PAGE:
Now a trillion-dollar asset, bitcoin is paramount to cryptocurrency culture after its 60% hike this month, surpassing any traditional asset in this record-breaking milestone.
Since its introduction to the financial market in 2009, this first-of-its-kind cryptocurrency has been marked by high volatility and price fluctuations. Being a “highly speculative asset”, U.S. Treasury Secretary Janet Yellen has stressed the need for regulating any institution that handles bitcoins and investor protection in a recent CNBC interview. Despite the lack of regulation and vulnerability to scams and illicit transactions, a mixture of social proofing and celebrity endorsements has catapulted its popularity among investors and the masses.
But behind bitcoin is the ingenious blockchain technology that enables this unprecedented digital asset. The symbiotic relationship between bitcoin and blockchain is so apparent that people often confuse the two. Simply put, without blockchain, bitcoin is useless. With each bitcoin transaction, a digital trail is created on a shared ledger. Though the transaction itself is open and public, the person’s identity behind the bitcoin transaction is encrypted and remains private. As transactions are posted on this digital ledger, a perpetual “chain” of anonymous and real-time transactions is created.
Though blockchain technology is most prominently recognized with its application to bitcoin and other cryptocurrencies, other use cases are taking precedence, particularly within supply chain management.
As seen with COVID-19, supply chain disruption is a critical risk that has an enormous impact on a company’s operations and bottom line, especially for those that operate very complex and global supply chains with multiple intermediaries. The slightest hiccup in production can disrupt supply chain operations in mass proportion, creating fluctuations in lead times that can either cause supply shortages or tie up money in excess inventory.
Even with the most sophisticated ERP software, there is still a potential for information to be locked in silos, disparate processes, unnecessary paper trails, miscommunication between partners, and untraceable documents and activities. Streamlining the entire supply chain network would require integrating all software and systems across various suppliers, retailers, manufacturers, financial institutions, logistic providers, and regions to speak the same language. Essentially, all parties would be required to integrate the same system of record for every step of the supply chain process, which is highly impractical.
Blockchain solves this problem by greatly enhancing supply chain visibility and traceability within a complex supply chain network. All parties would have access to the blockchain with secure and synchronized data, including full transparency of every action being performed in real-time during end-to-end supply chain activity. As a result, leaders can quickly trace every single component of production and financial transactions, identify any existing bottlenecks, and quickly pivot to avoid certain risks that could cause disruption.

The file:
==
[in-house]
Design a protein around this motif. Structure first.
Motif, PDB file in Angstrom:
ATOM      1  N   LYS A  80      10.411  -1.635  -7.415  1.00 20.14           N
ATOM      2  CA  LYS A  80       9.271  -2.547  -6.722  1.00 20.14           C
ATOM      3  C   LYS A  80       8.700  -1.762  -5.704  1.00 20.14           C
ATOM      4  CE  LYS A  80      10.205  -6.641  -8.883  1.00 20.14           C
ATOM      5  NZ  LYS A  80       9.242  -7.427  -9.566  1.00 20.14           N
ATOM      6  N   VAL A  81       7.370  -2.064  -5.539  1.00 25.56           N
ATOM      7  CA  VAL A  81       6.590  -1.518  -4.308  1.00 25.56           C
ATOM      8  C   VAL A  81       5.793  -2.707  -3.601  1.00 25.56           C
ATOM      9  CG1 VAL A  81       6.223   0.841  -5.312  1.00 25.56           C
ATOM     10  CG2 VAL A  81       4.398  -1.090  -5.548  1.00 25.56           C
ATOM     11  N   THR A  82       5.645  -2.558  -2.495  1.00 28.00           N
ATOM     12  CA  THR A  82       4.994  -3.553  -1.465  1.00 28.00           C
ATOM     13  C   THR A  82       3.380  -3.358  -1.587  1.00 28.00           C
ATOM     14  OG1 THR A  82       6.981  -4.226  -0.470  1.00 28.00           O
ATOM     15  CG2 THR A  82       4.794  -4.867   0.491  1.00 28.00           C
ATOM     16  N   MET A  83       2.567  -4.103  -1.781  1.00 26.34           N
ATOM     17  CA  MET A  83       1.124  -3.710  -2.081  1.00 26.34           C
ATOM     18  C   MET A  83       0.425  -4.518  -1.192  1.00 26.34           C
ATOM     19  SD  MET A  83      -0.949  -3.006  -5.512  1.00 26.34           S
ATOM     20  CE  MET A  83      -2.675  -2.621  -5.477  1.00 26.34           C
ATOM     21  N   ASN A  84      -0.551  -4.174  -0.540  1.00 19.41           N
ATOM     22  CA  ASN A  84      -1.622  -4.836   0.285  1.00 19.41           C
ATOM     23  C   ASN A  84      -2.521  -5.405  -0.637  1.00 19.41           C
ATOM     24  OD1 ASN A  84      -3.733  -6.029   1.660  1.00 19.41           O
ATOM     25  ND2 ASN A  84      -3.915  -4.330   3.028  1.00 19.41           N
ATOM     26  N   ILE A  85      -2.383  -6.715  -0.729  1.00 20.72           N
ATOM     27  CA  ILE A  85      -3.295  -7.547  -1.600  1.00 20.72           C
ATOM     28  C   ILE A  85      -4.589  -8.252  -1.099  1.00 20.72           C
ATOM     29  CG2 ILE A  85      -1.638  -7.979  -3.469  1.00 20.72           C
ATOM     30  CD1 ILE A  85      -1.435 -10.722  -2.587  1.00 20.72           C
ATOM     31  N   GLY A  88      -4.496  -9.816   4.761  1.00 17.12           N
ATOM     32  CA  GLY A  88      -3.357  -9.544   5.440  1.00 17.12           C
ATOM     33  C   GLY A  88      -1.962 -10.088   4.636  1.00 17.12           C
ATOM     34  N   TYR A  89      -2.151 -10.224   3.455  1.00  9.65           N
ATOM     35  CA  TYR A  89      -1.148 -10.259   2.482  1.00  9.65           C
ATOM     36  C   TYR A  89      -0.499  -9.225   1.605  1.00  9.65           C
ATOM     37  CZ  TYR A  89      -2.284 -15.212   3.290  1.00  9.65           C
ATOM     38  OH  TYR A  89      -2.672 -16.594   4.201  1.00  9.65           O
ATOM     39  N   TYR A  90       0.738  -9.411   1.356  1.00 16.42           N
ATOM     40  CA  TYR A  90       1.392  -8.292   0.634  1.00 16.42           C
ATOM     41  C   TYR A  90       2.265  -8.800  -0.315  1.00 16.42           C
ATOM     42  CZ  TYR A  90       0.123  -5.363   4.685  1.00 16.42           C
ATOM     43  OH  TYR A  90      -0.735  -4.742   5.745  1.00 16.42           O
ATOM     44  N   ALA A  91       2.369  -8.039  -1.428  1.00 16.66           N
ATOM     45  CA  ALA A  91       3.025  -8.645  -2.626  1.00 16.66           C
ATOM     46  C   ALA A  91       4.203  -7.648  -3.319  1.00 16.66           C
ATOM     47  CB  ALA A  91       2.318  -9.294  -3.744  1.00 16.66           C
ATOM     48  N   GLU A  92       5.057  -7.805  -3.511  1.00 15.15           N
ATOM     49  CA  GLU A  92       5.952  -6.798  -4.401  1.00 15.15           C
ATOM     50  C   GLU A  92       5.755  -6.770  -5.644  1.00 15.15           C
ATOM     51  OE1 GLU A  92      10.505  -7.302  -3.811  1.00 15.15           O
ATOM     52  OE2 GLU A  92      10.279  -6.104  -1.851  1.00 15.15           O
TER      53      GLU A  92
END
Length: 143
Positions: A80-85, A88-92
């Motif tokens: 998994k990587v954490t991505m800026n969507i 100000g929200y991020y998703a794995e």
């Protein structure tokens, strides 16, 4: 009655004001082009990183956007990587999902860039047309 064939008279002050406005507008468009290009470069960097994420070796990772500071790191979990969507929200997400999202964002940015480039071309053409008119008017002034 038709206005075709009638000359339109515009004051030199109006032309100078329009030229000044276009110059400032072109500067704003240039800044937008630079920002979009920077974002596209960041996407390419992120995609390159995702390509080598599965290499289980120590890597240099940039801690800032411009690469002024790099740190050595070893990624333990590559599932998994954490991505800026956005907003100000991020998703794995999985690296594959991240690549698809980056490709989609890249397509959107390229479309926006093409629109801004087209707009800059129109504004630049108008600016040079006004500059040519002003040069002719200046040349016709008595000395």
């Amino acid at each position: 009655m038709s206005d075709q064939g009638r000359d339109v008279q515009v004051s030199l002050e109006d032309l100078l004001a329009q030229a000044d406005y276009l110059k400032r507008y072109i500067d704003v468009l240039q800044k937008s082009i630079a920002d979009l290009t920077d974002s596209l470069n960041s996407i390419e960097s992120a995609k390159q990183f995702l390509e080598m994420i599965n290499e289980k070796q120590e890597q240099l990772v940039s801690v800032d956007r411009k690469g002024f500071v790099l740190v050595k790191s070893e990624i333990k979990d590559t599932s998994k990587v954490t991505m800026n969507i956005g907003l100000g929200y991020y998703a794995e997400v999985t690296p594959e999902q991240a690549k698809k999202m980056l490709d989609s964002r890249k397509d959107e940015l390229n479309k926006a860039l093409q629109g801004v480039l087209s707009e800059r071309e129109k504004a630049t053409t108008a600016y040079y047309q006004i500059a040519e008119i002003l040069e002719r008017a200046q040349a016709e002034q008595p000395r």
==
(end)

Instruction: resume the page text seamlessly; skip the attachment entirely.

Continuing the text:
Blockchain is currently being used across various industries to transform supply chains ranging from food and agriculture, retail, aerospace, and even COVID-19 vaccinations!
Since the FDA authorized the first emergency use of the Pfizer-BioNTech COVID-19 Vaccine to be administered in the U.S. in December 2020, the rollout of COVID-19 vaccines has been underway. Subsequently, decision-makers have been rallying to make the vaccination available to every adult in the U.S. by the end of summer 2021. The World Health Organization also announced its global effort to provide rapid and equitable access to 2 billion COVID-19 vaccination doses for all countries by the end of 2021.
With this enormous feat, the deployment of advanced technology to enable vaccination logistics is essential. The vaccination supply chain has barriers that include a lack of transparency, traceability, and real-time information coordination. According to CDC Director Rochelle Walensky, “one of the biggest problems right now is I can’t tell you how much vaccine we have, and if I can’t tell it to you then I can’t tell it to the governors and I can’t tell it to the state health officials.”
Leveraging blockchain is a solution to this problem. In fact, two hospitals in the U.K. have already been reported using blockchain to increase visibility into the supply chain logistics of vaccines by tracing temperature-controlled COVID-19 vaccinations and synchronizing data for real-time status updates on shipments for distribution and administration.
In the food industry, blockchain is being used to enhance traceability and transparency to reduce inventory loss by tracking the source of contaminated food, from farm and manufacturing to retail. Since 2019, Walmart and Sam’s Club made it a business requirement for suppliers to use IBM Blockchain as apart of their supplier agreements to allow transparent information among diverse suppliers in the supply chain network. Other names in the food industry who are using IBM Blockchain include Nestlé and Tyson Foods.
The retail and consumer goods industry also uses blockchain to reduce losses due to counterfeit goods and allow supply chain partners to trace products in different locations. And in the aerospace sector, leaders leverage blockchain to streamline material traceability for parts acceptance from FAA and non-FAA certified sources and trace aircraft material requirements.
Though Bitcoin is the earliest application of blockchain technology, its implementation beyond cryptocurrencies positions it as one of the future’s leading technologies that will transform the way businesses operate in years to come.